Under the auspices of UN Climate Change, the fashion industry has been working to make an impact to the fight against climate change. The latest news is the addition of leading fashion and related media publisher Condé Nast to the struggle.
Condé Nast, the publishing group synonymous with fashion in significant parts of the world, has become the first media company to sign the UN Fashion Industry Charter for Climate Action. With this move, Condé Nast has pledged to promote sustainable fashion and clothing re-use to its readership worldwide.
Condé Nast joins other fashion industry players including Inditex, Kering and Stella McCartney in acknowledging the sector’s contributions to climate change and a responsibility to strive towards climate neutrality for Earth. Up until now, the industry has regularly come up short in its efforts to clean up, as we have also documented.
“I welcome Condé Nast’s announcement today. Condé Nast is the first media outlet to join the Fashion Industry Charter, which is a token of their commitment to play their part in reaching the Paris Agreement goals, and highlights the need to have every sector and everyone on board,” said Patricia Espinosa, UN Climate Change Executive Secretary. “As a global media company, their engagement will be very valuable to disseminate information about the sustainability efforts and achievements of the fashion industry as well as informing the world about the need for wider and accelerated climate action.”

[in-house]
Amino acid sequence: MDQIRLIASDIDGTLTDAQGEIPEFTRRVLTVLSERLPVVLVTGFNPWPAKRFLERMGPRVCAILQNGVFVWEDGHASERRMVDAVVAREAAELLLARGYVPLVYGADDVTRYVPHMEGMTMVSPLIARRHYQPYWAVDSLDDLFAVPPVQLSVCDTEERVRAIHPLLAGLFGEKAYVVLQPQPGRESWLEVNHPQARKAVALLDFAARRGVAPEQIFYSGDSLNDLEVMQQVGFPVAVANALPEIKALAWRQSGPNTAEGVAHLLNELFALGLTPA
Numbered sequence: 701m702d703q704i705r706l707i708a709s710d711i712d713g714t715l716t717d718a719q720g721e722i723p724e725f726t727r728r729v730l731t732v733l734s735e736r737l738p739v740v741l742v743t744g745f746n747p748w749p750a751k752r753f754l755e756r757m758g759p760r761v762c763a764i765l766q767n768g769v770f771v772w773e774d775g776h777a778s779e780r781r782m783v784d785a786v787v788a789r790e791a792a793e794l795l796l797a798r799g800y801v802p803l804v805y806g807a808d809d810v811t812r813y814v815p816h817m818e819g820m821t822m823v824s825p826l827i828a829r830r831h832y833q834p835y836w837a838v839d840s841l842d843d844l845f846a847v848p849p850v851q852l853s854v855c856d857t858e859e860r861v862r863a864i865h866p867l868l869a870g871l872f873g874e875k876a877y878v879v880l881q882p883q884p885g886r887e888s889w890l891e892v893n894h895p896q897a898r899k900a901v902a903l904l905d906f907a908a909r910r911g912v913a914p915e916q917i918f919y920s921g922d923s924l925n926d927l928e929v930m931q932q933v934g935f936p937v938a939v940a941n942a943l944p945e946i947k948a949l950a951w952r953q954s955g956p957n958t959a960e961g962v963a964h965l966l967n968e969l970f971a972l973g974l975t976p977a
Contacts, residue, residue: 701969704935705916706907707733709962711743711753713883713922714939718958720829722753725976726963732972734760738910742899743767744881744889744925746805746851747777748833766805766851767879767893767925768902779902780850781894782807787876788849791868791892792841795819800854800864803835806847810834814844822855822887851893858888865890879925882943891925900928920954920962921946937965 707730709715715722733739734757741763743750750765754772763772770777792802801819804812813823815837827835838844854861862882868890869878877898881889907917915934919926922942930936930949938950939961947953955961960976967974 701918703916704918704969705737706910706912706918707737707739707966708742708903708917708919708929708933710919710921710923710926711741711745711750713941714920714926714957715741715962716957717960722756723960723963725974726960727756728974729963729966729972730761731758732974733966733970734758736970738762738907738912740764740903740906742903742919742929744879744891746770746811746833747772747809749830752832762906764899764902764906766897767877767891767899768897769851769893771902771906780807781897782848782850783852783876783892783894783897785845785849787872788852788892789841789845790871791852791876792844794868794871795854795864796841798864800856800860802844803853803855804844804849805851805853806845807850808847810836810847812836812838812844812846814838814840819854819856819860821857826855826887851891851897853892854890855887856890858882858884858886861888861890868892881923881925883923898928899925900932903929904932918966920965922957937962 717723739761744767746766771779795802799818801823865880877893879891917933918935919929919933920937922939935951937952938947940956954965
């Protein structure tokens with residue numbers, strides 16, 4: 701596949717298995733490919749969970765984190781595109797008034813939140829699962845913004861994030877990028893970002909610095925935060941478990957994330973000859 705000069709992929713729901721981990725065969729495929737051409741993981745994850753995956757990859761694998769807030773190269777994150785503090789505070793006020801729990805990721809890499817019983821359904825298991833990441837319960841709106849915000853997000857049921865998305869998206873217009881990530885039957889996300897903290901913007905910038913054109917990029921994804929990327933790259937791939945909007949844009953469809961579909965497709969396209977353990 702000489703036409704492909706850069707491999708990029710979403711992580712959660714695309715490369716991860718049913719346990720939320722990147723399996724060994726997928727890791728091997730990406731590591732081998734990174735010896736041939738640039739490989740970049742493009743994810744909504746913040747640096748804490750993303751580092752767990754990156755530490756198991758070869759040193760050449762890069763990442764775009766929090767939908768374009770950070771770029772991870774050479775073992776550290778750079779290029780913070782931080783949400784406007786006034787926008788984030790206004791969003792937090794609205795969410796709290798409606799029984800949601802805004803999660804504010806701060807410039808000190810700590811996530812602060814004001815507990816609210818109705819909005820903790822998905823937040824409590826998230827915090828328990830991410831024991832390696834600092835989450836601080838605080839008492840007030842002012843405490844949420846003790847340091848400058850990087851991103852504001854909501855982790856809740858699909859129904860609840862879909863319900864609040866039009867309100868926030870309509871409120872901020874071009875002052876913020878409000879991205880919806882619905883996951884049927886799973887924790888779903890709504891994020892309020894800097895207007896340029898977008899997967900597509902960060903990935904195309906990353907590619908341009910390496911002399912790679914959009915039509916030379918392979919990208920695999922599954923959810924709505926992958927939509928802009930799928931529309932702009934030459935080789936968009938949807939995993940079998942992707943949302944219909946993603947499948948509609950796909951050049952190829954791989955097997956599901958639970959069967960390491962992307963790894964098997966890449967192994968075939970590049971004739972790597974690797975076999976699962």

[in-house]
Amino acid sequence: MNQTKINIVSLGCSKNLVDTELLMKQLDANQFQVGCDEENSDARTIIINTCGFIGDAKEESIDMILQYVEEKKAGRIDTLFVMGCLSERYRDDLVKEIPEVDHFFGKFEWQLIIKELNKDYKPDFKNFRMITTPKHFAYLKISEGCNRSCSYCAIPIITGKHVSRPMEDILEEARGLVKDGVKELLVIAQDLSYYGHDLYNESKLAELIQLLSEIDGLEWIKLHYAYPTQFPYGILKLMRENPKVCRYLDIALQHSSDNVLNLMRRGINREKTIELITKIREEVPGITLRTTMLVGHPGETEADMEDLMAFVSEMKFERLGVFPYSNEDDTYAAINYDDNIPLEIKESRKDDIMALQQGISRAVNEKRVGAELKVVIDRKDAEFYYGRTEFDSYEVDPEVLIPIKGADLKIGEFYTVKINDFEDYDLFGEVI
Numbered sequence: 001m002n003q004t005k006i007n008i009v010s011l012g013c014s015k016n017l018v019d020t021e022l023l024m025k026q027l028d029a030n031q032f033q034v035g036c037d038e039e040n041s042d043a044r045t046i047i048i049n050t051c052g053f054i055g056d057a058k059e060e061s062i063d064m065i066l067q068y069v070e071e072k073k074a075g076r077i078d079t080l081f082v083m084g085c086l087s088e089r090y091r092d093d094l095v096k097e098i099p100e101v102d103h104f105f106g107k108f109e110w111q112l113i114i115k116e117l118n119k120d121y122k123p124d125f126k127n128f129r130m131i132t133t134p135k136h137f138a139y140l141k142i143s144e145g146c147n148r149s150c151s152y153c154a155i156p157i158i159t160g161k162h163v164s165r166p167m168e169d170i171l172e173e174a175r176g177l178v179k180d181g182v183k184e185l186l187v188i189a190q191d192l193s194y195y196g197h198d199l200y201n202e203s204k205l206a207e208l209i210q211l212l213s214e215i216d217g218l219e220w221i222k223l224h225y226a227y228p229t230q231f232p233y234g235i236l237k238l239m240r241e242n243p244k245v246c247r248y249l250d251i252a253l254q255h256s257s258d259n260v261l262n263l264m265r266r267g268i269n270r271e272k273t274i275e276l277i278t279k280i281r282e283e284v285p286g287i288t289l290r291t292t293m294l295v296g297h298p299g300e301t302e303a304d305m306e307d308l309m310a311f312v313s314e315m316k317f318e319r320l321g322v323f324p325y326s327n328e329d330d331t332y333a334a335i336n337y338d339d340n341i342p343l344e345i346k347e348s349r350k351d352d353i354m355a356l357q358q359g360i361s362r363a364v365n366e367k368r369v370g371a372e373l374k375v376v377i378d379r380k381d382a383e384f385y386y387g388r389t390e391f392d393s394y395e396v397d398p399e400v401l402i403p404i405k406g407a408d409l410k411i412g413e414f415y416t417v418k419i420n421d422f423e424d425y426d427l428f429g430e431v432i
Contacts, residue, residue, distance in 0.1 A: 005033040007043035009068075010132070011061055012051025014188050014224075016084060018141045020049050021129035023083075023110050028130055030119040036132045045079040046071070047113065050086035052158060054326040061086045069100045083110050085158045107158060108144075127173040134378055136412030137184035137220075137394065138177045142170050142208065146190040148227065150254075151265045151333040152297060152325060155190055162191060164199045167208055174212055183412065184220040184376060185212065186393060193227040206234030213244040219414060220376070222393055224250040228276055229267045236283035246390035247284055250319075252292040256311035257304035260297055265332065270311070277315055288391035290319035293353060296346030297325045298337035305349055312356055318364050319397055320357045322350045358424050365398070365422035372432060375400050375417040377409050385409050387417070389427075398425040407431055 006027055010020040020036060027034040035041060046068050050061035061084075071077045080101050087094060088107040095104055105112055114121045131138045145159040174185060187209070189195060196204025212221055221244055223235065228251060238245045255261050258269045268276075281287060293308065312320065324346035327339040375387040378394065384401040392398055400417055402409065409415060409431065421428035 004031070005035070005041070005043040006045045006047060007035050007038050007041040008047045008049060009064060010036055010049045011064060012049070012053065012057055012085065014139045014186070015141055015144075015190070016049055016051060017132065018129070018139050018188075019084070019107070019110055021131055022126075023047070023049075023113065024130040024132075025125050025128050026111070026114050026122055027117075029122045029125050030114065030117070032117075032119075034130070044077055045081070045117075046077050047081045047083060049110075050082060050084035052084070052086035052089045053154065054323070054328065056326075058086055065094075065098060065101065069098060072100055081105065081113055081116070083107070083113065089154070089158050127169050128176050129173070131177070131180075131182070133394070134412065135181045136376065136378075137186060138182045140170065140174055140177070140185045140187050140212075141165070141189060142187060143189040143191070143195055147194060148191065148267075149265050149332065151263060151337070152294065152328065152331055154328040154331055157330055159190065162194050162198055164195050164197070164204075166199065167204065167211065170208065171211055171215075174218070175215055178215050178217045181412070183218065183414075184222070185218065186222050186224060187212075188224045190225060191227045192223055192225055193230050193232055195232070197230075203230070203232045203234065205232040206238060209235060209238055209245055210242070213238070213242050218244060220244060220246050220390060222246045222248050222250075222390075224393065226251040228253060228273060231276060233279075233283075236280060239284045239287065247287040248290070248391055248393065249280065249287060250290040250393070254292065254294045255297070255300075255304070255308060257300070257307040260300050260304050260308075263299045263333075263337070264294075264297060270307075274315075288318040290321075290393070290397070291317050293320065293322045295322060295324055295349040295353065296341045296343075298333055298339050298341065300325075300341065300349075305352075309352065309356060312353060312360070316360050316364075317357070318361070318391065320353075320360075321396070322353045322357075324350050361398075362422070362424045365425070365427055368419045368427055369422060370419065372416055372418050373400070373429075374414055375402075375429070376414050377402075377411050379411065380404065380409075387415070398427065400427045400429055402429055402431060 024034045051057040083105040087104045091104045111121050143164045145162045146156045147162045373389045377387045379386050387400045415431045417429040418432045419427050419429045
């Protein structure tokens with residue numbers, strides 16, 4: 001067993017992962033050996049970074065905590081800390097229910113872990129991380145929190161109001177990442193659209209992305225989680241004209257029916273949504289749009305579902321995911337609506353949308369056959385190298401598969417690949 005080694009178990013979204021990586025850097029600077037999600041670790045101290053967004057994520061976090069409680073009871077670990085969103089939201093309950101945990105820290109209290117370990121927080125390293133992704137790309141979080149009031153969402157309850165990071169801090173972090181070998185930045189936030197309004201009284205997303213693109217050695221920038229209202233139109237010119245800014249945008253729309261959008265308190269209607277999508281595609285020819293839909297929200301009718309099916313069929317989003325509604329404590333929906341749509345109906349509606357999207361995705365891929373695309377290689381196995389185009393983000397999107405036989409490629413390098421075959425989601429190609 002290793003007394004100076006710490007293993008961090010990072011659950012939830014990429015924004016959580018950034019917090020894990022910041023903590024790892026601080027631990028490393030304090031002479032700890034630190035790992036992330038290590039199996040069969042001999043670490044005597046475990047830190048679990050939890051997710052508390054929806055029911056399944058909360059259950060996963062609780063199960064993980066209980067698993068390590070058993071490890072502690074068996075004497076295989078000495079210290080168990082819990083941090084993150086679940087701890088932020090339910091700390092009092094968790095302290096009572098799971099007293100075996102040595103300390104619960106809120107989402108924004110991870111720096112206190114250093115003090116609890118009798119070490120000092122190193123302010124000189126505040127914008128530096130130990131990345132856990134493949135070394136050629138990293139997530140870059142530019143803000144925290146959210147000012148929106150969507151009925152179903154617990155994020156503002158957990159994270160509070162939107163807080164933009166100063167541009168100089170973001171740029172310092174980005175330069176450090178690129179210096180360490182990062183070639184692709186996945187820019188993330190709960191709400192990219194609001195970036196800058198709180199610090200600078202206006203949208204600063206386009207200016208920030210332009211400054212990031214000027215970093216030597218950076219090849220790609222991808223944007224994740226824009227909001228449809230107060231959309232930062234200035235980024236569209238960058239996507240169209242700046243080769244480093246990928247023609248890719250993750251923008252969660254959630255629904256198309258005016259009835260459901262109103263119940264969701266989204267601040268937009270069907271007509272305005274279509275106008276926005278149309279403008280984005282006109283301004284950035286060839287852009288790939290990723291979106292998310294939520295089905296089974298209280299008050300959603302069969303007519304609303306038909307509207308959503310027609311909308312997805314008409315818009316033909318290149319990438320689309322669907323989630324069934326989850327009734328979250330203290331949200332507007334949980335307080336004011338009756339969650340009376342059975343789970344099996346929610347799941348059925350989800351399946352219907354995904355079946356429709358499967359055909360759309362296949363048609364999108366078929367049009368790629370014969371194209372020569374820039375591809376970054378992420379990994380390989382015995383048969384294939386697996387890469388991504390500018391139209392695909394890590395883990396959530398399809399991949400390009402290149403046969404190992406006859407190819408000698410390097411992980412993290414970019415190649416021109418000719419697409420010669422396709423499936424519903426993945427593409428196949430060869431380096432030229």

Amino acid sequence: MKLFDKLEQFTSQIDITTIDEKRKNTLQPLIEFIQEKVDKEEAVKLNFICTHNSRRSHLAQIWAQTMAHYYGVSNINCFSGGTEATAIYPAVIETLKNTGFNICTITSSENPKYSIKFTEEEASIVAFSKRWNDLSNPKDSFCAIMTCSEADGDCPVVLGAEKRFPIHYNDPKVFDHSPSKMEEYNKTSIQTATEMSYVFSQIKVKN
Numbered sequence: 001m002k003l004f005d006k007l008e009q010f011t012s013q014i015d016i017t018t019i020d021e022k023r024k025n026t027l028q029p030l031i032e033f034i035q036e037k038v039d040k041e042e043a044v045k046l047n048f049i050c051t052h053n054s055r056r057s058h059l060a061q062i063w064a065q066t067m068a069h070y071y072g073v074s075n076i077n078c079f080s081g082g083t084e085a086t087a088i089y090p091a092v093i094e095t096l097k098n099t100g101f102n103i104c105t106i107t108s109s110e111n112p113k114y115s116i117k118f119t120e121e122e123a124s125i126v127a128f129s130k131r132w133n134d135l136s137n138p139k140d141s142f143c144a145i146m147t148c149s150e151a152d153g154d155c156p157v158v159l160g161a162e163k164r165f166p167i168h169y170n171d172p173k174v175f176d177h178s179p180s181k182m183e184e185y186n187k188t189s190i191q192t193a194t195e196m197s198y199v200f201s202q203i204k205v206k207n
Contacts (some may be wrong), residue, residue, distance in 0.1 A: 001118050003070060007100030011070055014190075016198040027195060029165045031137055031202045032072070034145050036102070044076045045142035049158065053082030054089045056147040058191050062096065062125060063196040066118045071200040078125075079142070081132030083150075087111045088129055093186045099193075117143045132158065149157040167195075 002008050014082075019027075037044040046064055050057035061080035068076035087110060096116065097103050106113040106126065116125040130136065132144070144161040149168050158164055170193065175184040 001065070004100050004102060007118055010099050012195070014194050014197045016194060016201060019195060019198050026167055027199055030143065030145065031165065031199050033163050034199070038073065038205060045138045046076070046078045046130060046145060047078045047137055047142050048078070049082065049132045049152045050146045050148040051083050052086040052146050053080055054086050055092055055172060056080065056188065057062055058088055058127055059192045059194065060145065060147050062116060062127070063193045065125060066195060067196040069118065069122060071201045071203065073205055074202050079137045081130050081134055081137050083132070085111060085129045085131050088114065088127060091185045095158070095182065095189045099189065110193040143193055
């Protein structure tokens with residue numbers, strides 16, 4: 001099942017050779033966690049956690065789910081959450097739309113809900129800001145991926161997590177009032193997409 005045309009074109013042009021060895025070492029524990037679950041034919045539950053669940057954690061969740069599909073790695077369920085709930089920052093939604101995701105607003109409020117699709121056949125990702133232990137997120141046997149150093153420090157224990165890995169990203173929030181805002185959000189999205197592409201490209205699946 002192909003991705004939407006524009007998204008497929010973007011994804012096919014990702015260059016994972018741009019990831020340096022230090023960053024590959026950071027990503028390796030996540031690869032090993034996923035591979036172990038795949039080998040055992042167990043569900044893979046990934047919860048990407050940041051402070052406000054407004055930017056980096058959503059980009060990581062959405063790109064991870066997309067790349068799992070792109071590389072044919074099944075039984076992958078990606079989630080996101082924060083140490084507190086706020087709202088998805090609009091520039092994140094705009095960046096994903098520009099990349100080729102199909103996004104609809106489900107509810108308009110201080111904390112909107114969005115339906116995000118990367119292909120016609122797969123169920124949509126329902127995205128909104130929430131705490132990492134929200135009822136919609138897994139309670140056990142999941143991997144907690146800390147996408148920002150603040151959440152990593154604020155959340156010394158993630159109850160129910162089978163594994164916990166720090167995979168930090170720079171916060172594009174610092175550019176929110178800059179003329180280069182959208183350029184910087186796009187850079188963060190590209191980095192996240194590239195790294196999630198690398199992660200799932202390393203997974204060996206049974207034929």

The Charter’s other manufacturing and retail signatories include Nike, Burberry, and PUMA among others , that have promised to cut greenhouse gas emissions from their operations, use more sustainable materials, and develop circular production models.
Other Condé Nast’ brands such as GQ, Wired, and AD will also join the push to educate consumers and champion more sustainable approaches from the fashion industry.
The firm also said it will, for the first time, disclose its environmental footprint and set carbon reduction targets next year, while also phasing out fossil fuel-based plastic wrapping for its magazines.
Conde Nast CEO Roger Lynch said that “We have a responsibility to use the power of those brands to help raise awareness, define terms of change, and point to solutions to ensure our audiences and our industry are informed and engaged in taking climate action.”
For perspective, the ongoing trend towards’fast fashion’ has taken a heavy toll on the environment across the value chain, especially manufacturing countries. From poisoned rivers to high greenhouse emissions and resources extraction, to slave like working conditions, to questionable margin escalation between manufacturing to final sale. Even recycling has not been done on the scale it should be.
It’s a tough call to change the sector, which has changed beyond shape on the back of manufacturing shifts to the developing world and flexible manufacturing that enables design and style changes to spread very fast. Anecdotal evidence indicates that the cost of everyday wear has barely moved in a decade, thanks to this outsourcing.
With a global supply chain, simply cutting consumption for instance, is not an option possibly, with the likely impact being felt in places like Bangladesh, India, Vietnam. In sector after sector, the final push for change has generally been an economic case, but considering the outsize impact of fashion, a fashion influencer like Conde Nast can certainly make an impact by taking a stand with its influential readers.